A report urging Android users to pay attention to one thing before downloading any app from the Google Play Store

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Cybersecurity experts have warned Android users about the safety of the apps they download from the Google Play Store, and urged them to pay attention to those that require too many permissions.

Android is one of the most used programs in the world, with more than two billion devices running the Google operating system.

For this huge global user base, the best place to download apps on an Android device is the Google Play store, with statistics from Statista saying in 2020 alone that there were more than 108 billion downloads from the online store, and that’s a number just awesome.

But as Android enthusiasts who closely monitor cybersecurity news know, experts often issue alerts about dangerous Google Play Store apps to beware of them.

The British site “Express” this week reported how Google recently blocked 10 applications from the “Google Play” store, which were found to be loaded with malware that could steal money from the victim’s device.

In the same context, the site CyberNews revealed a study looking at the best applications in the “Google Play” store, which require dangerous permissions.

The search analyzed the 1020 best Android apps found on the Google Play Store based on the number of installs.

From this huge sample size, CyberNews found that more than a third (36%) of the apps analyzed wanted to use an Android device’s camera.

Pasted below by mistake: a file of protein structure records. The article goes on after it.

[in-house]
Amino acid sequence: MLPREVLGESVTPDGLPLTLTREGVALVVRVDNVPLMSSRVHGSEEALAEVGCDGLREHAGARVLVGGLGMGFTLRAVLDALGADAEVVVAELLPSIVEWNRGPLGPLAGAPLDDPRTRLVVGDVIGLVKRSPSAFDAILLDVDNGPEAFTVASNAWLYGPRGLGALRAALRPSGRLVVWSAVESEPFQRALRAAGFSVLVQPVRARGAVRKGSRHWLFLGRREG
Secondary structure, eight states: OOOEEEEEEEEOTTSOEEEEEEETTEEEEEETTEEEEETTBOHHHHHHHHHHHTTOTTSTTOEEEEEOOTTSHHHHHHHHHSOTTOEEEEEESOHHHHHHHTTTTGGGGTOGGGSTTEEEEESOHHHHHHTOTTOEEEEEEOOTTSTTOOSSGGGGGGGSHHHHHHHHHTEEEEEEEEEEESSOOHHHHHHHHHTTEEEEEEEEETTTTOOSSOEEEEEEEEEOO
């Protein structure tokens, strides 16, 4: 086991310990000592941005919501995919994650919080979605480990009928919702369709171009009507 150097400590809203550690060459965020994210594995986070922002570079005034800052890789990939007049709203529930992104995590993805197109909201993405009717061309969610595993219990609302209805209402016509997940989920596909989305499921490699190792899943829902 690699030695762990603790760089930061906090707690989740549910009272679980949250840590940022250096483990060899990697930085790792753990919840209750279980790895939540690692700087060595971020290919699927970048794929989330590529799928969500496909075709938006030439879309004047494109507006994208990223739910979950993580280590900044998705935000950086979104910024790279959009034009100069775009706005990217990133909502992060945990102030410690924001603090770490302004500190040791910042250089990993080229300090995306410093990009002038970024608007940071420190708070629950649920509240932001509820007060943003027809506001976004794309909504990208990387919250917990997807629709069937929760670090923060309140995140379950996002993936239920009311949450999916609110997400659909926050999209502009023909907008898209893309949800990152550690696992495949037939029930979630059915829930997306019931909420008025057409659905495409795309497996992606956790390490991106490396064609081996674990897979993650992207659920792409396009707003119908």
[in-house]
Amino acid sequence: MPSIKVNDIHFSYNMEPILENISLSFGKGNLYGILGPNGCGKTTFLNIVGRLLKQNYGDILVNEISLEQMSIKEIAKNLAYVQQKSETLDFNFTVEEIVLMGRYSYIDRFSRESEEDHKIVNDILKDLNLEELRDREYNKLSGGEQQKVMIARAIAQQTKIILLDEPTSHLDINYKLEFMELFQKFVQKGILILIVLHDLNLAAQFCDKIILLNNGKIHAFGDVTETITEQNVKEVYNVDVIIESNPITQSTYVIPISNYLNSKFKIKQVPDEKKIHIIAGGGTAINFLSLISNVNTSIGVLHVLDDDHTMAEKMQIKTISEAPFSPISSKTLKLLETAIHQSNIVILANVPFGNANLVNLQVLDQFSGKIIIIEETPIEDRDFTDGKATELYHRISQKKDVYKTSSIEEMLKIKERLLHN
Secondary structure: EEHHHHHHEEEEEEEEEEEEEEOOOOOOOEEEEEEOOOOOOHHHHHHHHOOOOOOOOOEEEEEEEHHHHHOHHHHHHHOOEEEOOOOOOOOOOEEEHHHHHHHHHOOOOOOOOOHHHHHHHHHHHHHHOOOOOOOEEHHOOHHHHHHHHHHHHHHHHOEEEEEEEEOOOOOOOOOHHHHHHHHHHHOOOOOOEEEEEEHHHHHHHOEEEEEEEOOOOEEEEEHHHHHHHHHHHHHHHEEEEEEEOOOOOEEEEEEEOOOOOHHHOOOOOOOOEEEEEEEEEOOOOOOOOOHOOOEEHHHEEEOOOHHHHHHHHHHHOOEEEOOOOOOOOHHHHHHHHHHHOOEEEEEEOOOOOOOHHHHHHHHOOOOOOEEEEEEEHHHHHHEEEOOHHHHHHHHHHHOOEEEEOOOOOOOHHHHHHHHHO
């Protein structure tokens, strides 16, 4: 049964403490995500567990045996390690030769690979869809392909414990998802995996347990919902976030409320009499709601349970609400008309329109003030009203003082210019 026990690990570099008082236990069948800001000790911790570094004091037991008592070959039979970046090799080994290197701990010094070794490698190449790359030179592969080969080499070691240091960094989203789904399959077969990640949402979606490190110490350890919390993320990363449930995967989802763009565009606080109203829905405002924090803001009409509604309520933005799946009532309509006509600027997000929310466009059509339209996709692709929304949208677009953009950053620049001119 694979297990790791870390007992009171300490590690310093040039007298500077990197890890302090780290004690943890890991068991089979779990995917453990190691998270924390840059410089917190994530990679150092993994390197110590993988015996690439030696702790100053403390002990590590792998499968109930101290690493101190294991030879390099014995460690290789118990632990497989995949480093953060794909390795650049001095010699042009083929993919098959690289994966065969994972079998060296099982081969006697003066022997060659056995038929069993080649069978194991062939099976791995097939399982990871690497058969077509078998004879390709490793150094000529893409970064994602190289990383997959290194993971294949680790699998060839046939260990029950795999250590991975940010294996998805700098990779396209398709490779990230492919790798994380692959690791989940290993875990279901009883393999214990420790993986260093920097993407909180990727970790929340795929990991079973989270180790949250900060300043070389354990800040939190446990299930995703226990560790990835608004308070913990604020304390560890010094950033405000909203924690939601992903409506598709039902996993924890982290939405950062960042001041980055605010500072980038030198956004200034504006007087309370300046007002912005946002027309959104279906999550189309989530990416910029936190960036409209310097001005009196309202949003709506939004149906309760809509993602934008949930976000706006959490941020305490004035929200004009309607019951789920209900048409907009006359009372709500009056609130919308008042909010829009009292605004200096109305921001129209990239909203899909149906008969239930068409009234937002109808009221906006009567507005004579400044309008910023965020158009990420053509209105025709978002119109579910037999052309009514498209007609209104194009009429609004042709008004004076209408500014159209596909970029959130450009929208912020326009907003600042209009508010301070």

Enabling this permission can have harmful effects if the attacker detects this, and then uses the camera to take photos and record videos.

The survey also found that one-third of the most popular Android apps want to track a user’s location, while one in five wants to record the user’s phone conversations. Whereas, one in ten (8%) of the most popular Android apps on the Google Play Store request permission to make calls directly to a user’s phone contacts.

The CyberNews report did not specifically name any apps, but they said that the categories of apps for which the most dangerous permissions were requested were Communication, Lifestyle, Maps and Navigation apps.

Speaking of their findings, the CyberNews team said: “The percentage of apps that unnecessarily request unrestricted access to the user’s whereabouts, device usage and communications is extremely worrying, if not rejected.”

Consequently, experts warned against applications that require a large amount of data access, as they allow many cyber crimes to occur.

The website also provided advice on how Android users can stay safe from potentially dangerous apps, including avoiding apps that request a lot of permissions and those that have the signature of developers you haven’t heard about.

Source: Express

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